Sanskrit is the oldest language in the world. Most Sanskrit “texts” are actually rhythmic chants memorized and passed down for thousands of years before writing was even invented! These texts are referred to as “shruti,” meaning “that which was heard.” Due to the complex nature of grammatical rules in Sanskrit the remaining shruti body of works have been perfectly preserved since time immemorial.
I’m no Sanskrit scholar, but I’ve been delving into the language since 2012. A friend gave me her copy of The Bhagavad Gita, thinking I’d enjoy it. Sure enough, the incredible depth and gorgeousness of the poetry had me hooked. I couldn’t stop reading. Desperate to understand the work in pure Sanskrit without the dilution of translation, I discovered Sanskrit courses online. I kept meticulous notes and bought translations of multiple texts. Although I have not met my ultimate goal of fluency, my understanding of and love for Sanskrit has deepened.
Sanskrit itself is enchantingly beautiful and inherently poetic. Nearly all surviving Sanskrit texts are composed in poetic meter (including the longest poetic work ever composed, The Mahabharata). Moreover, Sanskrit has words for complex philosophical concepts which provide essential knowledge for Yogis. Without Sanskrit, one misses out on even the original names of every yoga asana (pose)!
Interestingly, words in Sanskrit are thought to be the “essence” of whatever object or idea they describe; there is no separation between the word and the object itself. A rose is a rose by any other name, except in Sanskrit! Thus, the names for asanas are the very asanas themselves. This linguistic concept deftly illumines the Vedic idea of Advaita or “non-duality.” In the simplest terms, Advaita is spiritual non-separation or oneness with everything.
The word yoga translates to “yoke, to join, to unite.” As yogis, our ultimate goal is to quiet our minds and feel unity with all that exists. Although the practice of yoga is often thought of as asana (poses or literally “seat”), asana is just one eighth of the yogic path. Many modern yoga practitioners are taught a yoga divorced from its heritage, thereby impeding their journey as yogis.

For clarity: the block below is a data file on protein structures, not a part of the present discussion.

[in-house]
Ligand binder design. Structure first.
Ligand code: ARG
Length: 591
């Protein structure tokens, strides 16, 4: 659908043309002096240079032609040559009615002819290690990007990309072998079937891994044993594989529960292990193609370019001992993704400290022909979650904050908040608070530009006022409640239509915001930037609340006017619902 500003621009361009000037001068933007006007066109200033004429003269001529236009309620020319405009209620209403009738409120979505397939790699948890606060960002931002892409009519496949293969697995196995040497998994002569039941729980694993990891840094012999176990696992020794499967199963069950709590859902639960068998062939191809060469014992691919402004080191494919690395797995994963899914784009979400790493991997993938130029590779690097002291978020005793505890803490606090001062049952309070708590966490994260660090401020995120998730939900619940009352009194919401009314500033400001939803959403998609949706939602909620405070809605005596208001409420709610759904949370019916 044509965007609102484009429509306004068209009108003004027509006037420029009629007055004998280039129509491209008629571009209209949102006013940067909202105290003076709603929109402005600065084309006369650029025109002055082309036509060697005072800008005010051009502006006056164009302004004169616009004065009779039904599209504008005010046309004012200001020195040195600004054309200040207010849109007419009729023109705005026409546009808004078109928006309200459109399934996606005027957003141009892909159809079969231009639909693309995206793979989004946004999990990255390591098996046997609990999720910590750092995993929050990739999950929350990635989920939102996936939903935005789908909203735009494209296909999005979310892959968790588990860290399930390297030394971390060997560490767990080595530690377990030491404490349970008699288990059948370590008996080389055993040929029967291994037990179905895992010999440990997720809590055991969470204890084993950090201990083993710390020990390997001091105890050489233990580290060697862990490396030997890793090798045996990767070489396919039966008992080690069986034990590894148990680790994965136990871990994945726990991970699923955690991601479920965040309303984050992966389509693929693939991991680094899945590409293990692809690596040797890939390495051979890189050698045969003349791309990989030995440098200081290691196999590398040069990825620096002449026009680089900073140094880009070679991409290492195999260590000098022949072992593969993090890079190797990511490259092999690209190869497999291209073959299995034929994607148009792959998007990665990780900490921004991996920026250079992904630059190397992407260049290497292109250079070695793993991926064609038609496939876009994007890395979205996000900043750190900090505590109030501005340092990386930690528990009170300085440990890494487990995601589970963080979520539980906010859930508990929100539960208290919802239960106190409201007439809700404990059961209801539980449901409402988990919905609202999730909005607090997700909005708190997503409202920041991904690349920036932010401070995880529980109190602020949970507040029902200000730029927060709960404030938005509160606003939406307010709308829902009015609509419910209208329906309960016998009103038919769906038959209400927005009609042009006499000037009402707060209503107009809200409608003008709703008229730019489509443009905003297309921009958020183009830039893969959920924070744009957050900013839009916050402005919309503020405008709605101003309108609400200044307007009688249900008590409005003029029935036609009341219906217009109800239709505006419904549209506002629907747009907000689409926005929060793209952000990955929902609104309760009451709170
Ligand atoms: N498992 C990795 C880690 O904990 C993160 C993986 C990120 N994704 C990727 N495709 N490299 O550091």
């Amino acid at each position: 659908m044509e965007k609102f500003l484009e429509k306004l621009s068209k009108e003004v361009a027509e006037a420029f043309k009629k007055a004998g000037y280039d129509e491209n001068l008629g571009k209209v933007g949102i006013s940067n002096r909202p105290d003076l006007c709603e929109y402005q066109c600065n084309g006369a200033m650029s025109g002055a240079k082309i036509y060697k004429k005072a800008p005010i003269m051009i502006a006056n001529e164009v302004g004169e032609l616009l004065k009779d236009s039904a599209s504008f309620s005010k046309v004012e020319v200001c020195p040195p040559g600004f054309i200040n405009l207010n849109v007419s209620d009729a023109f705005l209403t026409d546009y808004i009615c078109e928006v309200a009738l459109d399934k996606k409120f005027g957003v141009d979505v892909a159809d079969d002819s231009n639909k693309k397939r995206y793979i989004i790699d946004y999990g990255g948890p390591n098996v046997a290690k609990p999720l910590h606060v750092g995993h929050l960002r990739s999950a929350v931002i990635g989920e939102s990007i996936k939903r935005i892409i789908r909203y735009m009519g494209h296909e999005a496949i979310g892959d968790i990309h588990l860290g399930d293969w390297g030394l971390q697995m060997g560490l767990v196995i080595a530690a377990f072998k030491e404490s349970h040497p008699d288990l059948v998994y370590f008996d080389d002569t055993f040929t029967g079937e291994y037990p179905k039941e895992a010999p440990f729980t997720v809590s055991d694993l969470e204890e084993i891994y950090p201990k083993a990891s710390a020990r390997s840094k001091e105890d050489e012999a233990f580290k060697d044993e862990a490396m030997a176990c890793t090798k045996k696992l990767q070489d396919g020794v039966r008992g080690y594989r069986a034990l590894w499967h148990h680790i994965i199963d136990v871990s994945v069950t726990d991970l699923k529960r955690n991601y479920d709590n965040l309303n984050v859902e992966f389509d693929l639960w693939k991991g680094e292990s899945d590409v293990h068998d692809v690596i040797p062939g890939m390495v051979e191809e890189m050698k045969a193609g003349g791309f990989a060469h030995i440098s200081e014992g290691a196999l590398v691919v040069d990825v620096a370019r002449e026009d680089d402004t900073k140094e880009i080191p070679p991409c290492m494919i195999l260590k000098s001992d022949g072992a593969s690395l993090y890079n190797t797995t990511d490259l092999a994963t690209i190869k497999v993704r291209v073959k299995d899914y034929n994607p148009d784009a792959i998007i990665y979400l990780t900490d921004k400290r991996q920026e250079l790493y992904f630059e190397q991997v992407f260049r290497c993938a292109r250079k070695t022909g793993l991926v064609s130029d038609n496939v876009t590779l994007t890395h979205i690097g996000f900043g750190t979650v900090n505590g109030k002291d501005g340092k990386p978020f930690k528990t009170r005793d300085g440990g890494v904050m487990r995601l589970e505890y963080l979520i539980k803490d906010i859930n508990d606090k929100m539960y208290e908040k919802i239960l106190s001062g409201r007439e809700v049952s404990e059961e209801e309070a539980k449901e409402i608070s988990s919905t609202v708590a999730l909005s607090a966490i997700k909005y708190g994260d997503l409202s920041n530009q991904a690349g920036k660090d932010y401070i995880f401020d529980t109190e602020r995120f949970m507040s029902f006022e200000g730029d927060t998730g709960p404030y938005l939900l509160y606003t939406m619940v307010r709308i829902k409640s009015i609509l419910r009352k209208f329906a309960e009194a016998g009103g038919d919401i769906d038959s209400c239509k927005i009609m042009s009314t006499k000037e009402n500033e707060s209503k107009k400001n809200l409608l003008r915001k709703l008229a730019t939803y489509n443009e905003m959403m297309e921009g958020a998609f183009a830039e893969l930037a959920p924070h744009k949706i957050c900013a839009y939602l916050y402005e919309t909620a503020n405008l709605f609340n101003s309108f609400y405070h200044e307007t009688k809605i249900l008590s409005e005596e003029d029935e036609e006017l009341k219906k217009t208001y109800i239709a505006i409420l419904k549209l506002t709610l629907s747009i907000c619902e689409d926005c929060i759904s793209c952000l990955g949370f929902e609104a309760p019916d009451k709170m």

Often thought of as the quintessential Yogic text, the Yoga Sutras by Patanjali lists all 8 limbs of yoga. Patanjali explains how one can pursue the inner path to enlightenment by various means. While understanding the concepts within the texts are important, the sound of spoken Sanskrit is given equal (if not more) weight. It’s thought that the vibrational quality of Sanskrit can impart knowledge, so one can theoretically listen to any Sanskrit texts without understanding a single word and still benefit.
It can take a lifetime of dedication to learn a new language, and by no means is it an easy task! However, if you are serious about pursuing yoga as a spiritual path, it’s imperative to begin imbibing Sanskrit. Within Sanskrit texts like the Mandukya Upanishad one can learn gems such as the four parts of Om and how they relate to the concept of advaita (non-duality).
Looking for a place to start?
I highly recommend Arsha Bodha Center, which has a multitude of interesting, informative, and often humorous lessons on Sanskrit texts complete with PDFs. If you’re looking for an introduction to basic concepts, check out their classes on the Bhagavad Gita. I also really enjoy The Sanskrit Channel on Youtube, which delves into various subjects and stresses the importance of India’s cultural heritage through the preservation of ancient knowledge. Both of these resources are free, though they do take donations.
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